The consequences of academic dishonesty – cheating, plagiarism and other misconduct – are far reaching. The result can follow a student through his or her academic career, so it’s important to educate students about it early, particularly plagiarism.
Studies about its frequency may surprise you. Nearly 60 percent of high school students in a recent survey performed by Josephson Institute Center for Youth Ethics admitted to cheating in the past year, according to Plagiarism.org. The site says the same study found one out of three reported using the internet to plagiarize an assignment.
If you’re looking to educate your child about how to avoid plagiarism, Plagiarism.org is a good place to start. It identifies some of the most common mistakes made by students, such as not placing quoted material in quotation marks and misattributing the source of quoted material.
Harvard University offers a few of its own practical tips: Don’t cut and paste from a source directly into your own work while writing and make sure you don’t read another student’s work while trying to finish your own assignment.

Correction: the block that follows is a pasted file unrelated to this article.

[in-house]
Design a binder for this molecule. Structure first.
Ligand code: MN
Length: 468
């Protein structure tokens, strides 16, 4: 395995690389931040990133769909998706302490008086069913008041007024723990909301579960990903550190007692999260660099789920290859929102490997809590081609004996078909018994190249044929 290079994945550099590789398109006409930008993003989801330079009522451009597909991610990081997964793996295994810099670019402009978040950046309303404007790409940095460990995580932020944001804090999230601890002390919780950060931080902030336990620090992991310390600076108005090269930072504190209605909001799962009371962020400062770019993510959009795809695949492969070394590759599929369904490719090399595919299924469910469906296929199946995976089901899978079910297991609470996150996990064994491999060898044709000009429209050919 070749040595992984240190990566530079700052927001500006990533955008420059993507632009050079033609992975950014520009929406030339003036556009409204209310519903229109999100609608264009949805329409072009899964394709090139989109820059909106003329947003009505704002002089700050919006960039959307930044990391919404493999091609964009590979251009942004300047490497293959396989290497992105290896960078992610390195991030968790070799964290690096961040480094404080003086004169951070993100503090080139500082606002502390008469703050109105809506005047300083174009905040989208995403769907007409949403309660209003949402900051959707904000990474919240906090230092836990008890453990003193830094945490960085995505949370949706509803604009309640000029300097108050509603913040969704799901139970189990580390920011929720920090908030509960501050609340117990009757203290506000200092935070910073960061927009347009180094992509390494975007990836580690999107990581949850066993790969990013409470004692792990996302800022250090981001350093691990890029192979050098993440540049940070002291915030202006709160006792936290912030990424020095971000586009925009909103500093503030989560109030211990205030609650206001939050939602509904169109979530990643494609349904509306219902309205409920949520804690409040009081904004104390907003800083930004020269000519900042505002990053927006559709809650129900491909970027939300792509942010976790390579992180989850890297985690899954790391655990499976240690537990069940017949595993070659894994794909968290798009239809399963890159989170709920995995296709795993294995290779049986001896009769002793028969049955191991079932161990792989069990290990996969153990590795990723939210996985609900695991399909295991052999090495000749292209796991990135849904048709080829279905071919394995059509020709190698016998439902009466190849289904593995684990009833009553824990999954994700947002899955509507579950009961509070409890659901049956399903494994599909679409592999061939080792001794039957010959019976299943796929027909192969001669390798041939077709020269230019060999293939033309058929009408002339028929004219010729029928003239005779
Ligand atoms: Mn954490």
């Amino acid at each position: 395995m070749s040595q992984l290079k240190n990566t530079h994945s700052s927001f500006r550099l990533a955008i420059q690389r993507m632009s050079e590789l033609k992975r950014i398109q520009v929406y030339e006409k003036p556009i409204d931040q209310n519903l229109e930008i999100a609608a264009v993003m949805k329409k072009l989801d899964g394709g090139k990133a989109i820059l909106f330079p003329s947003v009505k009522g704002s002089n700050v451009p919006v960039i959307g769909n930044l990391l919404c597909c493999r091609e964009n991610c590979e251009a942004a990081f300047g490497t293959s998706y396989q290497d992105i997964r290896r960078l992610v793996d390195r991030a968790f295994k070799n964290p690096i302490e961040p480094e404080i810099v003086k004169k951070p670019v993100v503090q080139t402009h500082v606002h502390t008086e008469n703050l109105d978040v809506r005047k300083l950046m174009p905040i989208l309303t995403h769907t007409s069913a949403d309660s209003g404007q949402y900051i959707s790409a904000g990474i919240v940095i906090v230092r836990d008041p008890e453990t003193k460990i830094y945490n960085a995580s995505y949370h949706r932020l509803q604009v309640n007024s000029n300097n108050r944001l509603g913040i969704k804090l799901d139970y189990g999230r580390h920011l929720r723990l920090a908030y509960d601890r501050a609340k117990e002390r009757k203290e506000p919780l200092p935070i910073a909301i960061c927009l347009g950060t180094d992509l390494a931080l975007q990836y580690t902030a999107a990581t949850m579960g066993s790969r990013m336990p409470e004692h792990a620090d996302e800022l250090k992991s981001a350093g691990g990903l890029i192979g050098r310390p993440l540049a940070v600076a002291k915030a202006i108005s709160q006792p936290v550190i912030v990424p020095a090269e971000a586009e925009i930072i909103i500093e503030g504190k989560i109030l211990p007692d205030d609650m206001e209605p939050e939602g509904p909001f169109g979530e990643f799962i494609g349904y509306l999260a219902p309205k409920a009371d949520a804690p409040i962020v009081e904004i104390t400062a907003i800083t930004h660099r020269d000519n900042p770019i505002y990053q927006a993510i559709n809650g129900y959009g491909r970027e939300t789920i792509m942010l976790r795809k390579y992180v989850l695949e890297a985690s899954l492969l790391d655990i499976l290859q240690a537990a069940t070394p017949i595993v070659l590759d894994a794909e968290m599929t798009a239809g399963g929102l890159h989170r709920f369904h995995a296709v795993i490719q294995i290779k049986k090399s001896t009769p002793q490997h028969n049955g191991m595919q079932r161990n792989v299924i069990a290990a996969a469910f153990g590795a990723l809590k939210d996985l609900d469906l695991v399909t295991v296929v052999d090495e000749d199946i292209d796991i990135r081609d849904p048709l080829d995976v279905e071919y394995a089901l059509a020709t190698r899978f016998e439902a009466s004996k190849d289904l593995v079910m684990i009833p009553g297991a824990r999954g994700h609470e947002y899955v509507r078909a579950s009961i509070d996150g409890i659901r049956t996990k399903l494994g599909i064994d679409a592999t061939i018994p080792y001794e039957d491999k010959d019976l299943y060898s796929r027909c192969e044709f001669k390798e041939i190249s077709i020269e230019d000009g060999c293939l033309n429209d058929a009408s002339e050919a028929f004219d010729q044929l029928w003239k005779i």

Unclear on when you need to cite a source? The Writing Center at the University of Wisconsin offers some concise descriptions on what types of information need to be cited.
When your child has finished an assignment, you can take an extra precaution to check the paper online for plagiarism using websites like Grammarly and PlagTracker.
Grammarly says it checks writing against 8 billion web pages and will point out if your writing matches other material. Its service also generates citations you can use in your paper and checks grammar. The site also has a grammar checker.
While Grammarly is a paid service, PlagTracker offers a free version of a similar plagiarism checker.